Stitch Fix Makes Shopping And Styling Simple
“Fashion is about dressing according to what’s fashionable. Style is more about being yourself.” With these wise words, Oscar de la Renta summed up a crucial distinction between two widely misunderstood terms too often used interchangeably.
The word “fashion” elicits grandiose visions of svelte models strutting to deafeningly loud music. They bear avant-garde creations crafted with artistry far beyond the comprehension of the everyday on-looker. The scene is understandably overwhelming, and may deter average shoppers who might be convinced that unless they acquiesce to these runway looks, they lack style.
But style, in its true definition, looks inward and approaches clothing and accessories from a starkly different vantage point. Style is about the individual and should be a reflection of one’s personal likes and dislikes. In some capacity, the clothes one wears should be an extension of one’s self, an expression of his or her unique taste.
Yet shopping can be tedious and unfruitful, and certainly not conducive to the lifestyle of a busy man or woman on the go. Even scrolling through online shops can be an arduous process. Lo and behold, Stitch Fix: the answer to the busy shopper’s prayers.
Through both algorithms and hired personal stylists, the Stitch Fix team strives to provide each customer a “partner in personal style.” The cutting-edge company and its fellow online personal styling sites do the heavy lifting and help customers develop and broaden their style horizons with a few simple clicks.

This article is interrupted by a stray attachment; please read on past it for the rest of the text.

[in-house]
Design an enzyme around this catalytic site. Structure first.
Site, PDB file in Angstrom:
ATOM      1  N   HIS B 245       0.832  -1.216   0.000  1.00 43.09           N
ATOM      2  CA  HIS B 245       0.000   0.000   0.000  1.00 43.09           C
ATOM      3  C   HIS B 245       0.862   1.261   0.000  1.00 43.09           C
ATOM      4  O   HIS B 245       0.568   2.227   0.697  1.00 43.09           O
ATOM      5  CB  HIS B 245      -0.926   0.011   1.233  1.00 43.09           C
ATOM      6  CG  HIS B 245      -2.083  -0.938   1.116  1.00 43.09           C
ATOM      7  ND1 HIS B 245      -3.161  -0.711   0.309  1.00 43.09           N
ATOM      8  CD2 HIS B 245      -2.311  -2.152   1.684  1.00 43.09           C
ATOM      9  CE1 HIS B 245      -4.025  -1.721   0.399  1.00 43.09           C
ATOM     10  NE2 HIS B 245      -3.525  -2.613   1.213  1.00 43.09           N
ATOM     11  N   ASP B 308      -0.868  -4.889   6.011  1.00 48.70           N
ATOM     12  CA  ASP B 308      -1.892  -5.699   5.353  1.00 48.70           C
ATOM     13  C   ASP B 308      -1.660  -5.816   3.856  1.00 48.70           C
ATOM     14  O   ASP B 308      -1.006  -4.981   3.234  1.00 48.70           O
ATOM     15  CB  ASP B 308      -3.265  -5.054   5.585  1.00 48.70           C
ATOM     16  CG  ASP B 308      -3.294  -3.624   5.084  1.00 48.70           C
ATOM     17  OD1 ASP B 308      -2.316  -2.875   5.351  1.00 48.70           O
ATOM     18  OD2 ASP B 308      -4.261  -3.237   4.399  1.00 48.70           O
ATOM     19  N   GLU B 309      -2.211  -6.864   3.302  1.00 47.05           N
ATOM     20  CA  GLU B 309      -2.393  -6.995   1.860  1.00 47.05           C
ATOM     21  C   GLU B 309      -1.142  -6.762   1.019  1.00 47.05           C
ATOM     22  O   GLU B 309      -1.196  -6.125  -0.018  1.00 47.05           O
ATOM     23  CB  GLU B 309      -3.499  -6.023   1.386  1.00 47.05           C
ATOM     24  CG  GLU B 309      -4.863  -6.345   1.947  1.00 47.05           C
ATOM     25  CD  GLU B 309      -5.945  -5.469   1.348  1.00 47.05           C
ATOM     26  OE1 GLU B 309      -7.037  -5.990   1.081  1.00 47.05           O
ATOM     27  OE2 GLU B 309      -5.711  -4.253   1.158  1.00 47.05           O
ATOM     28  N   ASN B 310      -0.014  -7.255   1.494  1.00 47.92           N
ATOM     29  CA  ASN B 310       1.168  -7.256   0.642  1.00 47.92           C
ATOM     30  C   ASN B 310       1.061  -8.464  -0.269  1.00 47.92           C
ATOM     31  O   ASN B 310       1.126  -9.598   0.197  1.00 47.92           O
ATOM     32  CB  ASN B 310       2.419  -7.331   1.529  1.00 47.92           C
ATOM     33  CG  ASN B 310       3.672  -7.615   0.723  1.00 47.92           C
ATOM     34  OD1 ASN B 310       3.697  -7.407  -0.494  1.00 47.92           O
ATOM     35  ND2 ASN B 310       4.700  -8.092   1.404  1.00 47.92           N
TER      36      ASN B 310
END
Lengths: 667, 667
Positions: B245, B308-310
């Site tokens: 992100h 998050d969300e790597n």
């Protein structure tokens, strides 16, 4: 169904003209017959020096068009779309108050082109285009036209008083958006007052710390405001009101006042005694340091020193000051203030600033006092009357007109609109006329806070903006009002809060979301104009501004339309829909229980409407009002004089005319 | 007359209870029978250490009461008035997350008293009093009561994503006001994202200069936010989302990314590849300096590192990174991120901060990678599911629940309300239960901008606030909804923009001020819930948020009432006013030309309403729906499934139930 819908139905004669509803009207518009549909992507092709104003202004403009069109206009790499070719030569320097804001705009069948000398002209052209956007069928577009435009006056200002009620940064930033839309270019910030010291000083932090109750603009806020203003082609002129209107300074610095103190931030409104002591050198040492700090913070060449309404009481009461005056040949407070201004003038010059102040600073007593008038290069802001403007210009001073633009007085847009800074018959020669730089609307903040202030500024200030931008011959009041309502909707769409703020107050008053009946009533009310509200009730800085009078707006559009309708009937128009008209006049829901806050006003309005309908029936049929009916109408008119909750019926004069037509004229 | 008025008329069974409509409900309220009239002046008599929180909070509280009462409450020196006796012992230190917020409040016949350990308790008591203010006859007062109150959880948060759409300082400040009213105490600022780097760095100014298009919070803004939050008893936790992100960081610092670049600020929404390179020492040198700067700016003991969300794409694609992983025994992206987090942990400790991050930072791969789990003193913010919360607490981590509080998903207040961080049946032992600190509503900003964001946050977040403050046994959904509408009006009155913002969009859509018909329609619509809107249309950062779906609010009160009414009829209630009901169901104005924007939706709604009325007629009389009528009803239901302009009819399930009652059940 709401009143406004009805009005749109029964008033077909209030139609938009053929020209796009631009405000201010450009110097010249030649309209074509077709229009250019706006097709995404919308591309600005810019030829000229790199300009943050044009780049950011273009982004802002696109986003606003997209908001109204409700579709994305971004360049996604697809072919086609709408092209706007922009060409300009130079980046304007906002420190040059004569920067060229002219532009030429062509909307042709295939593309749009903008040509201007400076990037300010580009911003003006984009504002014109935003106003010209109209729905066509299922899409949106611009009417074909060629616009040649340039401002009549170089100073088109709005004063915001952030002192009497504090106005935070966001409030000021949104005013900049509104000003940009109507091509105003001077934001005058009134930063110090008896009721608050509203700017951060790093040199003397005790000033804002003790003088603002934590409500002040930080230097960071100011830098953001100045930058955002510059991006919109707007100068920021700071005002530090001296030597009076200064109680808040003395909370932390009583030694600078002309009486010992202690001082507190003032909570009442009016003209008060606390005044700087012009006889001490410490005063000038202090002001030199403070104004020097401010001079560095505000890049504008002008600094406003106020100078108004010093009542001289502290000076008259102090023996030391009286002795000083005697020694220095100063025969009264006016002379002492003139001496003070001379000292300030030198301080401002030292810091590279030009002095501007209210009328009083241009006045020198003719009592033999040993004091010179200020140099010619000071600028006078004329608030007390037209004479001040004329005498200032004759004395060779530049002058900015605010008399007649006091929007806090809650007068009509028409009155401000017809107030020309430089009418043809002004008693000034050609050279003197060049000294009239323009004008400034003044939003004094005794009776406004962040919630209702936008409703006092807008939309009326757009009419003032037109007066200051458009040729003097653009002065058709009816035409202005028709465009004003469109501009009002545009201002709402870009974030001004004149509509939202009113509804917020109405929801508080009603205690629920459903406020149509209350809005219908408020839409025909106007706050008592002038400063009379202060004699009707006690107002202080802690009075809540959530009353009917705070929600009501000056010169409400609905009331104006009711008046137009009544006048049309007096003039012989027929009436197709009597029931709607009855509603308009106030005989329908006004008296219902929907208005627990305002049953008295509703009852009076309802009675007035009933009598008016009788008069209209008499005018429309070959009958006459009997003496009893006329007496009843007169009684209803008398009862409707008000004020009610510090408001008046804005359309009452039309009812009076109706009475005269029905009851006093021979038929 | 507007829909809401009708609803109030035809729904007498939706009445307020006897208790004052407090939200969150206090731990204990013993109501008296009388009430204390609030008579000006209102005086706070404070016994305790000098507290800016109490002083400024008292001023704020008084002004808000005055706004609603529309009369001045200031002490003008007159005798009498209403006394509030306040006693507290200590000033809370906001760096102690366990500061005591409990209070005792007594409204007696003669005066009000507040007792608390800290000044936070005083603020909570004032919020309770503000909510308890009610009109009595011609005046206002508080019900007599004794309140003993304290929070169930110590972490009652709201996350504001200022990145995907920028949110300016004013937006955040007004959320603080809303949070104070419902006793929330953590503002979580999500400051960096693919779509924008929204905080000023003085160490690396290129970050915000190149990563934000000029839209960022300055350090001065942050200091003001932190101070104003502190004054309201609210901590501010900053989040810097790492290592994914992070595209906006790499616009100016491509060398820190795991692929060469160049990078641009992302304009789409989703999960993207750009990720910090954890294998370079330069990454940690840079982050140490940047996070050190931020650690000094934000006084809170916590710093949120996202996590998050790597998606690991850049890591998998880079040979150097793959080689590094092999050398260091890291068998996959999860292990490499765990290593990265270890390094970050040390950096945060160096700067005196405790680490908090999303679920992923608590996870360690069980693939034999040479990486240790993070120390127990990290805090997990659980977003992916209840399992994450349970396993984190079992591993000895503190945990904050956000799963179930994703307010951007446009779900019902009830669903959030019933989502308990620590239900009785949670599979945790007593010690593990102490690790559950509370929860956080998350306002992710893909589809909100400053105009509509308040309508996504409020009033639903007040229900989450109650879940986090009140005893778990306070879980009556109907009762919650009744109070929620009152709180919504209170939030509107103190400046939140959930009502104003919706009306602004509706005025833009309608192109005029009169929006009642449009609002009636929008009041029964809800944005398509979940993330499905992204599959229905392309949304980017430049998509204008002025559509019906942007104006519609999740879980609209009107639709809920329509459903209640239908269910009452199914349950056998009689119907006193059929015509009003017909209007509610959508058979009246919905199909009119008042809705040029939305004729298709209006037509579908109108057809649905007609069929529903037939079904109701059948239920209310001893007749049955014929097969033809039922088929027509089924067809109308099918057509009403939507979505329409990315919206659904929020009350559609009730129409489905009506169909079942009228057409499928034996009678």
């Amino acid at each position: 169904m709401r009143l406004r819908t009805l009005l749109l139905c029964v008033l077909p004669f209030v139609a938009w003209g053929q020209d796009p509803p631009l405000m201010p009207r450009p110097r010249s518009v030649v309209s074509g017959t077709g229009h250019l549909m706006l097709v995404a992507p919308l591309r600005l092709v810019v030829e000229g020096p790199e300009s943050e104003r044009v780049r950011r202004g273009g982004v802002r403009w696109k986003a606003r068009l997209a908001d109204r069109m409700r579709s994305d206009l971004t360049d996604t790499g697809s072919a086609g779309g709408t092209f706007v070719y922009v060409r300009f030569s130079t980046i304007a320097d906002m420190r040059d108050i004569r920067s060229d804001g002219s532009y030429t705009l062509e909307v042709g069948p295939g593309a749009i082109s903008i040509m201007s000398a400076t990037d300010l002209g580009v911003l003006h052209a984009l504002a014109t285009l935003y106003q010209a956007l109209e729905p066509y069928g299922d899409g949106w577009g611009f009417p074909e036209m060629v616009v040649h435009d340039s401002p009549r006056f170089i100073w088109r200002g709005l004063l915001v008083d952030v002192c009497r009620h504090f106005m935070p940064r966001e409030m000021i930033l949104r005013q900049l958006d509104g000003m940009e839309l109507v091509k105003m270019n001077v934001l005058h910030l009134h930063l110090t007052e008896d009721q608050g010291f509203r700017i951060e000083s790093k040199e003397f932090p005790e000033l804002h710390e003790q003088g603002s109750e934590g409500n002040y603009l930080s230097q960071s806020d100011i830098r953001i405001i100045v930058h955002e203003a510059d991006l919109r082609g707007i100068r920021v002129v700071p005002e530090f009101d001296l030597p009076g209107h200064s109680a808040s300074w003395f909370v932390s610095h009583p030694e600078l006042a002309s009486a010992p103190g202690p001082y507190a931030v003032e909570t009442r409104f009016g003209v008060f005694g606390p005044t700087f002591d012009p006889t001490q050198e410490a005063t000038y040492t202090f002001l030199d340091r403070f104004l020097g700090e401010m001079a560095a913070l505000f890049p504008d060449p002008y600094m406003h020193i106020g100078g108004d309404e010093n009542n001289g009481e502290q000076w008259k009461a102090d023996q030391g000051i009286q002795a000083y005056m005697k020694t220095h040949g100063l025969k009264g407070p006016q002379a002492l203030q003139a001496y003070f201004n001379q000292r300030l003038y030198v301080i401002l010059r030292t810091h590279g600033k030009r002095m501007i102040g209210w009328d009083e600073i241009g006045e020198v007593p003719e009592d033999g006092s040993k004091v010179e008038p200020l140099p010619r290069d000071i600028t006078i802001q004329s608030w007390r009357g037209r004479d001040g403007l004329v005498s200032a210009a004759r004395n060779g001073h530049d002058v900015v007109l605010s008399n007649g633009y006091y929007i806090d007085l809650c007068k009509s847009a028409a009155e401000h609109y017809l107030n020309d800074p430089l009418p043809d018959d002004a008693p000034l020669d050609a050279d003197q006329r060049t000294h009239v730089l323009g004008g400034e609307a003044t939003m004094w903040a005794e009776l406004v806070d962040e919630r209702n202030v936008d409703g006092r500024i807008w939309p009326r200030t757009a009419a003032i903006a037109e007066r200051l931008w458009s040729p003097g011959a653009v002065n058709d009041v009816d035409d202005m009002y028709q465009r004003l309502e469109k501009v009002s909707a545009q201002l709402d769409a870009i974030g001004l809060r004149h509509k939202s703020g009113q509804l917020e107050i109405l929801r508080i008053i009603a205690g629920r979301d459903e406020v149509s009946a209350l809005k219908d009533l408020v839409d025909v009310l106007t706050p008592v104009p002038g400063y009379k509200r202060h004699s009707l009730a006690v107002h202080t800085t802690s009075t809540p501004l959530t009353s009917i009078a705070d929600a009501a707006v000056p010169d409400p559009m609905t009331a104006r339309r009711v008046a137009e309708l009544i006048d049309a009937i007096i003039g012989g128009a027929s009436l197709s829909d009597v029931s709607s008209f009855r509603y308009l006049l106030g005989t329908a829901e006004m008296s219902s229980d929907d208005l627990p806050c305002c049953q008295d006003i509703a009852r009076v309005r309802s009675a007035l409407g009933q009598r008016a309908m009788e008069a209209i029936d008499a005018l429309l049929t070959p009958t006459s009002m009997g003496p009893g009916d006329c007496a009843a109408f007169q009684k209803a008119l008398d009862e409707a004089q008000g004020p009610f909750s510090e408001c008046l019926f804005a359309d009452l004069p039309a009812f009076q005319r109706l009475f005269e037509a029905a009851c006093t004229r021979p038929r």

For a $20 styling fee, a stylist will select items for the customers using their style profiles. This $20 then becomes credit toward anything the customer buys in their Fix. The Fix comes with five pieces and even a letter from the stylist explaining the reasoning behind his or her picks.
Stitch Fix offers an array of items from up-and-coming brands as well as premium brands, including Kate Spade and Free People. Customers can buy whatever they like from their Fix and send the rest back.
Stitch Fix emerged on the scene in 2011 when CEO Katrina Lake founded the company. Before embarking on her entrepreneurial endeavor, Lake worked for the tech company Polyvore.
But she noticed a dearth in the market: no one had successfully united fashion with data. She drew inspiration from her sister, who would send her style tips, and set out to create a personal styling and shopping website at only 27 years old.
The site had humble beginnings. A far cry from the detailed algorithms used on the site today, Lake started simple. She used SurveyMonkey to obtain an understanding of customers’ preferences and tastes, and she then picked up and delivered the items to the buyer herself.
While working toward her MBA from Harvard Business School, Lake shipped the first Stitch Fix order from her Cambridge apartment. But in true Cinderella fashion, the company lifted off and Lake’s brilliance was soon realized.
Eric Colson was the VP of data science and engineering at Netflix when Lake approached him about her idea for Stitch Fix. While he initially dismissed the idea, upon meeting Lake a second time he soon became mesmerized by her inventiveness and considered her a similar breed to Netflix founder Reed Hastings.
“You feed them a little bit of information and they can paint a vibrant picture that matches reality,” Colson said. Colson left Netflix and joined Lake as Stitch Fix’s chief algorithms officer.